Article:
"Man is by nature a political animal." (1129)
"A social instinct is implanted in all men by nature, and yet he who first founded the state was the greatest of benefactors. For man, when perfected, is the best of animals, but when separated from law and justice, he is the worst of all; since armed injustice is the most dangerous, and he is equipped at birth with arms, meant to be used by intelligence and virtue, which he may use for the worst ends. Wherefore, if he have not virtue, he is the most unholy and the most savage of animals, and the most full of lust and gluttony. But justice is the bond of men in states, for the administration of justice, which is the determination of what is just, is the principle of order in political society." (1130)
"Now any member of the assembly, taken separately, is certainly inferior to the wise man. But the state is made up of many individuals. And as a feast to which all the guests contribute is better than a banquet furnished by a single man, so a multitude is a better judge of many things than any one individual. Again, the many are more incorruptible than the few; they are like the greater quantity of water which is less easily corrupted than a little." (1200)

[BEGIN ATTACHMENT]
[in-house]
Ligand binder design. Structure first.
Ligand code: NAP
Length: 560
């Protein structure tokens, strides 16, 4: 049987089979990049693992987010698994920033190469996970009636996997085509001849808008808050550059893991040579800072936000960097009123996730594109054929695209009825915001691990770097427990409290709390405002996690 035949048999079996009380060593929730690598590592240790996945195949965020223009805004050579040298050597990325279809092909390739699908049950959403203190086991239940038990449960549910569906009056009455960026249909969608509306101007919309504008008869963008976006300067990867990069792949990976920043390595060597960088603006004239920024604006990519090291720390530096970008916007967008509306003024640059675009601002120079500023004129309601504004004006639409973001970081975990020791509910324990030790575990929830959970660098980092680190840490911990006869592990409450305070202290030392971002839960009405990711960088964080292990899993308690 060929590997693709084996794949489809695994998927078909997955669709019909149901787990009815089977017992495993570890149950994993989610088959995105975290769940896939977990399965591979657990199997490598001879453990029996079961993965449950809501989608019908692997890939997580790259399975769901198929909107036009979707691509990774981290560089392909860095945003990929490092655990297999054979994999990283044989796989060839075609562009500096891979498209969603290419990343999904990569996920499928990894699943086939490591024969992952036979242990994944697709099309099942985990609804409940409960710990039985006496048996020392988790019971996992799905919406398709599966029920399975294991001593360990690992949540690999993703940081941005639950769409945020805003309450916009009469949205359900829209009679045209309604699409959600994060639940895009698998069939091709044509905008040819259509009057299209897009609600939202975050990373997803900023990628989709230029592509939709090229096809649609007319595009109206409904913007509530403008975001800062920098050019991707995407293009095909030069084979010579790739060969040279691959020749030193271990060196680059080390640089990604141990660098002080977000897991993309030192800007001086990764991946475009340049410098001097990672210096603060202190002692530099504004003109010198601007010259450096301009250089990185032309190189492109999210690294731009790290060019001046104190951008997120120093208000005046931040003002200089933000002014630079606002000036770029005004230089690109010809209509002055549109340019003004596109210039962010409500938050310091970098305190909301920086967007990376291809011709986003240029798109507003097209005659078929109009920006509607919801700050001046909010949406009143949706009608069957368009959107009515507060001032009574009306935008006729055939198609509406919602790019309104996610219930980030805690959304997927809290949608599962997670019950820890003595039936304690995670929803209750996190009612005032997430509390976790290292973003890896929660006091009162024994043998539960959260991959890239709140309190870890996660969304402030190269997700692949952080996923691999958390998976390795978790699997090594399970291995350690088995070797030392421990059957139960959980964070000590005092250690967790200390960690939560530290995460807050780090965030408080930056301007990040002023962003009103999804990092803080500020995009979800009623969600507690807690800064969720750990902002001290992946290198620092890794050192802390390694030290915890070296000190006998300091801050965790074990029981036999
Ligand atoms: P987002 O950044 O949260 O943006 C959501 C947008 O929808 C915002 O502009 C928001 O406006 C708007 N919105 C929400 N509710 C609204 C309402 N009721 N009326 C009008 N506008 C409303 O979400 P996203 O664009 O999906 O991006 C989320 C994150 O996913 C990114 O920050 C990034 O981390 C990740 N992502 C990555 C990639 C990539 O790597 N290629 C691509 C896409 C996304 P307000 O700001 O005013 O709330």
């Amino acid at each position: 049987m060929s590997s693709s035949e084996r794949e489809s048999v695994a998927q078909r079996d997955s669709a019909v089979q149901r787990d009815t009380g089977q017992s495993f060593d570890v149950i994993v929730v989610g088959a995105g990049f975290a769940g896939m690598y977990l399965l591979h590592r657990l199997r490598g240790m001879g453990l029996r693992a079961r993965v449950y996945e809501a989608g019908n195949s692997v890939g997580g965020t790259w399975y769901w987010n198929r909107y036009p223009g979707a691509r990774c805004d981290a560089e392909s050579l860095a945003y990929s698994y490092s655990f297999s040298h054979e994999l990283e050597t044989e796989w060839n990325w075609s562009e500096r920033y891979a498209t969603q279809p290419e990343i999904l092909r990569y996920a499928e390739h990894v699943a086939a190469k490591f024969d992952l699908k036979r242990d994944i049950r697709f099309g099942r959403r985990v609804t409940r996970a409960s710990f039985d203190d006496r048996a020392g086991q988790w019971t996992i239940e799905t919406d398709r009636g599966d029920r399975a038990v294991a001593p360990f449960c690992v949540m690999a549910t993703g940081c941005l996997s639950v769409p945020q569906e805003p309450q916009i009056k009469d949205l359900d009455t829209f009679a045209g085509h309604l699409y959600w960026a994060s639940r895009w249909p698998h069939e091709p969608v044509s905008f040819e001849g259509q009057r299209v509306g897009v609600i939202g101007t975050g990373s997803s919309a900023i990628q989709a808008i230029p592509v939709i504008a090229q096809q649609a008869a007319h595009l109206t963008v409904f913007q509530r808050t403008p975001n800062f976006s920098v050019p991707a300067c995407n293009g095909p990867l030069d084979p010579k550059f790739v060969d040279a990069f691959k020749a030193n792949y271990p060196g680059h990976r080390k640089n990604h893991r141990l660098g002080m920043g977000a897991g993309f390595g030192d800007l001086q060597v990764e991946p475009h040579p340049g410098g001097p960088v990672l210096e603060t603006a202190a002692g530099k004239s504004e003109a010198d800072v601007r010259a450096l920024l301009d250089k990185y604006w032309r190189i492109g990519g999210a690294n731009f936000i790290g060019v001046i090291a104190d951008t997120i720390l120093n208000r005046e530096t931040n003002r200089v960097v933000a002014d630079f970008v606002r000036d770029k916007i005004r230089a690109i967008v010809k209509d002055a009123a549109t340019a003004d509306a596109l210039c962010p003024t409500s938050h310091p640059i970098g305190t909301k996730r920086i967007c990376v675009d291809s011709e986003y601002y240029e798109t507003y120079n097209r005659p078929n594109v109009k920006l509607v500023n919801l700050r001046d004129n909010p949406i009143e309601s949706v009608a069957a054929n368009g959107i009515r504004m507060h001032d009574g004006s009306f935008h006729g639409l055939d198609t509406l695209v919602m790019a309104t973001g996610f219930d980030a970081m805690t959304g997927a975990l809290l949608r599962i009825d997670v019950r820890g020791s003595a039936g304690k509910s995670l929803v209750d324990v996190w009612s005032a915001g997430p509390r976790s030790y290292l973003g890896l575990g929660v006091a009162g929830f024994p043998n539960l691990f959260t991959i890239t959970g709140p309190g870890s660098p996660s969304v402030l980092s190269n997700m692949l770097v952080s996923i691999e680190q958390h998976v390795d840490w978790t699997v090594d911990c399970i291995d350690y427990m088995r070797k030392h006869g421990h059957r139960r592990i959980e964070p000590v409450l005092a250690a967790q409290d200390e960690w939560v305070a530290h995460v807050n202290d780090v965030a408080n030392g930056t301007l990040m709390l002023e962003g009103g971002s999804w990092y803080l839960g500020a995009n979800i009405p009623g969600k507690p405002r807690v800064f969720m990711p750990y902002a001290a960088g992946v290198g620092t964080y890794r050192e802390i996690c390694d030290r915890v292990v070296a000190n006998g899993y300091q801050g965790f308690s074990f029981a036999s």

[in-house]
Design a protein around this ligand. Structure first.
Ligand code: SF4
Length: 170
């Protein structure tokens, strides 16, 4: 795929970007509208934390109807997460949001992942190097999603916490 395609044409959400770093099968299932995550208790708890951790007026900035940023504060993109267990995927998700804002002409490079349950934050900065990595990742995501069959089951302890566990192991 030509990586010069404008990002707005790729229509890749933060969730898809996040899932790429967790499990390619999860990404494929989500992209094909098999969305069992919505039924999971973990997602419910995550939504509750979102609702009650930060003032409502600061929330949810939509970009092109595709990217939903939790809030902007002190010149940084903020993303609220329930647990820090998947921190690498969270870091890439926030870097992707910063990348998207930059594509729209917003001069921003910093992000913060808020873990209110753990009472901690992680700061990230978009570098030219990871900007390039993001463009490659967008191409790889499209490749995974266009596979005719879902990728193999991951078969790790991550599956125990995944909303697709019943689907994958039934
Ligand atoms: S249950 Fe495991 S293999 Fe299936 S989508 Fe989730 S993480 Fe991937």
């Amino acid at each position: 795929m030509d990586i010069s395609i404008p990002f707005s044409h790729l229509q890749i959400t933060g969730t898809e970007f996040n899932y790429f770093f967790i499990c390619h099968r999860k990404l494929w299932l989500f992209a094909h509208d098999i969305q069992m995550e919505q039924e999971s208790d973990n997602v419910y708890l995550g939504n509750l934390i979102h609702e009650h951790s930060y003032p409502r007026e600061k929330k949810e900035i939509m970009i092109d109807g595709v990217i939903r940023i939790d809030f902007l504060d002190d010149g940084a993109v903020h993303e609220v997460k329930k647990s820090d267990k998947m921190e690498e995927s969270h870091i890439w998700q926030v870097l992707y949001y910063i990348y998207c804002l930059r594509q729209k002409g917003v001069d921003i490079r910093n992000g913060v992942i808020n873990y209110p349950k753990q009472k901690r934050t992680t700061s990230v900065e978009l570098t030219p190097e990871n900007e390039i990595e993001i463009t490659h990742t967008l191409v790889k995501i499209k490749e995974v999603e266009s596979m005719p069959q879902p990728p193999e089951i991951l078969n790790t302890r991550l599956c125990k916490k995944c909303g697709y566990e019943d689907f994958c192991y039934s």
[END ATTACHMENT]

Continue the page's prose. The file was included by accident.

"Thus it is manifest that the best political community is formed by citizens of the middle class, and that those states are likely to be well administered, in which the middle class is large.... Great then is the good fortune of a state in which the citizens have a moderate and sufficient property; for where some possess much, and the others nothing, there may arise an extreme democracy, or a pure oligarchy; or a tyranny may develop out of either extreme -- either out of the most rampant democracy, or out of an oligarchy; but it is not so likely to arise out of the middle constitutions and those akin to them....And democracies are safer and more permanent than oligarchies, because they have a middle class which is more numerous and has a greater share in
Questia, a part of Gale, Cengage Learning. www.questia.com
Publication information: Book title: Political Man:The Social Bases of Politics. Contributors: Seymour Martin Lipset - Author. Publisher: Doubleday. Place of publication: Garden City, NY. Publication year: 1960. Page number: 7.
This material is protected by copyright and, with the exception of fair use, may not be further copied, distributed or transmitted in any form or by any means.